Interfaith services pray for refugees, announce their strength, courage


Washington – On June 20, communities around the world celebrated World Refugee Day, established by the United Nations as an international day to recognize the strength and courage of people forced to flee their countries of origin due to conflict or persecution. .

Yet the commemoration of World Refugee Day is reaching an all-time high for refugee resettlement.

Despite the long tradition of welcoming refugees to the United States, widely supported by faith-based organizations such as the United States Conference of Catholic Bishops for Migration and Refugee Services, the number of refugees resettled in the United States was at its lowest in 2020 since the resettlement program was founded in 1980.

At the same time, the past year has marked a record number of forcibly displaced people around the world.

The United Nations High Commissioner for Refugees estimates that there are currently 26 million refugees who have been forcibly displaced because of “a well-founded fear of persecution on the grounds of race, religion, nationality or belonging to a particular social group or political opinion “.

In response to the current climate for refugees, World Refugee Day interfaith prayer services have been organized across the United States by MRS, in collaboration with the Roundtable Association of Catholic Diocesan Social Action Directors and Princeton University Religion and Resettlement Project, to publicly pray for the well-being of refugees in the United States, across religious and political boundaries.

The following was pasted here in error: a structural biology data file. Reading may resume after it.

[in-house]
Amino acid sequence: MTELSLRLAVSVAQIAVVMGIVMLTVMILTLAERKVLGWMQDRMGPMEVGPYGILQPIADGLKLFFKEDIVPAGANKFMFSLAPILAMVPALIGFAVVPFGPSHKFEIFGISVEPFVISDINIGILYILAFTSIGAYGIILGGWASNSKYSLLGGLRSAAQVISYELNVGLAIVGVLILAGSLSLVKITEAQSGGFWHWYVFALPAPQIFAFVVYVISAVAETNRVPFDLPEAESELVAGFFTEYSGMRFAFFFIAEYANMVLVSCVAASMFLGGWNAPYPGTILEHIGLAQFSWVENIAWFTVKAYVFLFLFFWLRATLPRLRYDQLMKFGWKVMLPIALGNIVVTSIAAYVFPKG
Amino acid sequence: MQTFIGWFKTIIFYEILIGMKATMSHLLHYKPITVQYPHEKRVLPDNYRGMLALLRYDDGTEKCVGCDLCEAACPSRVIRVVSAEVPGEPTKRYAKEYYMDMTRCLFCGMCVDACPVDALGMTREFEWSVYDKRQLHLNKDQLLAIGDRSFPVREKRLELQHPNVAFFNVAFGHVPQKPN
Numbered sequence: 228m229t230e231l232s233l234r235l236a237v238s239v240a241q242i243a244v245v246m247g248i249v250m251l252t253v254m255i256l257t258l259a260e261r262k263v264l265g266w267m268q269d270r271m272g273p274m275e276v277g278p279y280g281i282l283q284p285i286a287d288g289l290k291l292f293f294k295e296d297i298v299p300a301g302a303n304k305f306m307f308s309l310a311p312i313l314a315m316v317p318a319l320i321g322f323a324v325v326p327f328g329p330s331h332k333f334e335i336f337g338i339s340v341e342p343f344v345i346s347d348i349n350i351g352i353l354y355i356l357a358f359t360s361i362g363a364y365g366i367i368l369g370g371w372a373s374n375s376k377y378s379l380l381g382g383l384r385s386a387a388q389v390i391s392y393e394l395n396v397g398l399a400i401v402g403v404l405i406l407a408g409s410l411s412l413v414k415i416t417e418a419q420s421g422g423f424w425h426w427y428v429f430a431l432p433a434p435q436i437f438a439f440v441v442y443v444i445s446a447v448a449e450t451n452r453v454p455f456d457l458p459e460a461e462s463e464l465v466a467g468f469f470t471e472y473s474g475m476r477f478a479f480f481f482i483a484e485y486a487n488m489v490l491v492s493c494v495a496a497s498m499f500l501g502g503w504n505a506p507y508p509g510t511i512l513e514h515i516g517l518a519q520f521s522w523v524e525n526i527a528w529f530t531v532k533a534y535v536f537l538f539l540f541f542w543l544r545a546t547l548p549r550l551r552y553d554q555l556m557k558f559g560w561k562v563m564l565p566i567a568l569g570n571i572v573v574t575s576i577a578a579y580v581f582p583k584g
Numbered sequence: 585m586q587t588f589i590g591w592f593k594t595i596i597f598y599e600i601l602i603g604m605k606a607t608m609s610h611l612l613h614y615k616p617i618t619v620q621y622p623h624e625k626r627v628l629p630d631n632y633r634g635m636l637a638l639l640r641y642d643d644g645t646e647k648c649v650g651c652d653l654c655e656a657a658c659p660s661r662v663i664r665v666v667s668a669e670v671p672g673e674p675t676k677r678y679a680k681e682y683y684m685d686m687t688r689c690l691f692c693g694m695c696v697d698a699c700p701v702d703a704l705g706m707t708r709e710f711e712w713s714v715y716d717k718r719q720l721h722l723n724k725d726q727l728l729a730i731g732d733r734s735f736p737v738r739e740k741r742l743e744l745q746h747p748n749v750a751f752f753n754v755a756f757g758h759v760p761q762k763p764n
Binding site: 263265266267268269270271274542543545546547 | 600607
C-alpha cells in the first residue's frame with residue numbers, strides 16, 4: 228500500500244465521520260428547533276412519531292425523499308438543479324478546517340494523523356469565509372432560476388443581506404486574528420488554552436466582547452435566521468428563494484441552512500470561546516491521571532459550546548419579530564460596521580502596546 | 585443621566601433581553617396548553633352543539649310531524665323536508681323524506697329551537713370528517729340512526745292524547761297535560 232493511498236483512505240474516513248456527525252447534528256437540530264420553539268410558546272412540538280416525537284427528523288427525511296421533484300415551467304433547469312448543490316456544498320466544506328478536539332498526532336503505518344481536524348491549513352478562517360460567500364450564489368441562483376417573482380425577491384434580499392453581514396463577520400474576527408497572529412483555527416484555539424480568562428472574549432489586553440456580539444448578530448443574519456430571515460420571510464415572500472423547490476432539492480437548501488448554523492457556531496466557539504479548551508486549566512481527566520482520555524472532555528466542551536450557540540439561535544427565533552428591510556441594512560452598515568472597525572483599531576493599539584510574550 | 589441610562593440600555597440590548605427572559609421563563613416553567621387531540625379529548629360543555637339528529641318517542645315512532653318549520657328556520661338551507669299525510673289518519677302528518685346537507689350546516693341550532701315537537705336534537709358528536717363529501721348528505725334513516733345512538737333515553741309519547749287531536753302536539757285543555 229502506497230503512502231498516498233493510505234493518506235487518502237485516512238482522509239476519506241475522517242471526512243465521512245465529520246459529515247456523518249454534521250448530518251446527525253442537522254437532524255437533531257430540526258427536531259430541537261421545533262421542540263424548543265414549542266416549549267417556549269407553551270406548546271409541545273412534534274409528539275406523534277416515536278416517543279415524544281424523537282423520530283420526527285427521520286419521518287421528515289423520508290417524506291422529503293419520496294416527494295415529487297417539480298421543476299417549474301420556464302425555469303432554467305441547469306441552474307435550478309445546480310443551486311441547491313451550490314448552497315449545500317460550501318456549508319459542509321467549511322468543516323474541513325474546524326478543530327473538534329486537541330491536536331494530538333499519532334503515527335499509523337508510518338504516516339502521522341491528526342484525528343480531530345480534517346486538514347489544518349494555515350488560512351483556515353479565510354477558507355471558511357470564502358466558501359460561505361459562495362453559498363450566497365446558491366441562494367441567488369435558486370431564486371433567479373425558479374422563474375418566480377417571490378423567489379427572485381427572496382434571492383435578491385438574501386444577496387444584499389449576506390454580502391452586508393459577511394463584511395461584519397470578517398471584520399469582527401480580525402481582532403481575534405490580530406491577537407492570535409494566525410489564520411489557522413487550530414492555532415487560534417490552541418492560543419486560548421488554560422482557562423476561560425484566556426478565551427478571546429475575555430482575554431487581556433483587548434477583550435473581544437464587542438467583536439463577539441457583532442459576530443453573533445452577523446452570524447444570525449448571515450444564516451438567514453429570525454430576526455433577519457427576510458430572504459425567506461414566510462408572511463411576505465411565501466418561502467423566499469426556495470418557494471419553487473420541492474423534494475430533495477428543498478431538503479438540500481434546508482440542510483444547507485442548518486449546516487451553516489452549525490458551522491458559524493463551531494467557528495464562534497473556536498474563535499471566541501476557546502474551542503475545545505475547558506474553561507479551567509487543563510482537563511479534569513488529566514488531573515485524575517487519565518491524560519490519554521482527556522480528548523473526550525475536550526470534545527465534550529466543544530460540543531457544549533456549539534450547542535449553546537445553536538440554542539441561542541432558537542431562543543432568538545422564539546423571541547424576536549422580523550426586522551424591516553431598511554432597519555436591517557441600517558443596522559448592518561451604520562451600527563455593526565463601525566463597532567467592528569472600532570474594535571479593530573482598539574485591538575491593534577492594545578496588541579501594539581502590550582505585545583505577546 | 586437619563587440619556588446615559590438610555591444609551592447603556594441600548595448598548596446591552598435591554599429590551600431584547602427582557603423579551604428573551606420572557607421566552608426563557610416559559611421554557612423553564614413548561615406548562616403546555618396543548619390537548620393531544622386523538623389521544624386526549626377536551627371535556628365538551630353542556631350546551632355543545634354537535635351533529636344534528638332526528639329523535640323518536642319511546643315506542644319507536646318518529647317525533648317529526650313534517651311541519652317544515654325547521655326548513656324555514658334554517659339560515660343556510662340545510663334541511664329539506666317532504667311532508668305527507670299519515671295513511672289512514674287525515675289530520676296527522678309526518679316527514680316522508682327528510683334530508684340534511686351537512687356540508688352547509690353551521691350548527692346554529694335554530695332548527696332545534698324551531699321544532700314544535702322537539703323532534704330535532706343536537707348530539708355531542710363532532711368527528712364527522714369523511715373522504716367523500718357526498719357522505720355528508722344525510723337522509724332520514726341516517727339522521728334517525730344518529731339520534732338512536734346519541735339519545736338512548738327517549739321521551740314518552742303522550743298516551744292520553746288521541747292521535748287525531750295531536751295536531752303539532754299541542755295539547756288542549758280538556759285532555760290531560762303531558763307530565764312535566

According to Todd Scribner of MRS, one of the main organizers of the event, part of the purpose of these nationally coordinated services was to pray with and for refugees as a way to rebuild relationships with these communities, and to highlight “the religious traditions out of which many of these communities have emerged and adopted. “

In a statement on World Refugee Day, Auxiliary Bishop Mario Dorsonville of Washington, chairman of the United States Bishops Committee on Migration, said: “We know it will take time for our country to bring the refugee program back to historical standards that have come to be expected in its efforts to assist refugees. However, my brother bishops and I remain committed to those who live each day seeking freedom from violence, poverty and persecution.

Dorsonville continued, “As Catholics we remember that many in our own community came as strangers. We should never forget this experience, nor the challenges of integration, which the church is particularly fond of. qualified to relieve. “

Interfaith prayer services for World Refugee Day were held in Cleveland; Cincinnati; New Orleans; Milwaukee; Saint Louis; New York City; Chicago; New Brunswick, New Jersey; Knoxville, Tennessee; and Albany, New York.

Each service was organized by a local network, coalition or resettlement site and included prayers offered from the diversity of religious traditions present in each local context.

The service in New York City included prayers from Muslim, Buddhist, Jewish, Hindu, and Catholic religious traditions.

Tom Dobbins, director of justice and peace for Catholic Charities for the Archdiocese of New York and coordinator of the event, said the prayer service gave the Archdiocese the opportunity to “collaborate with interfaith partners with whom we have been in contact in the past and continue to work with today. “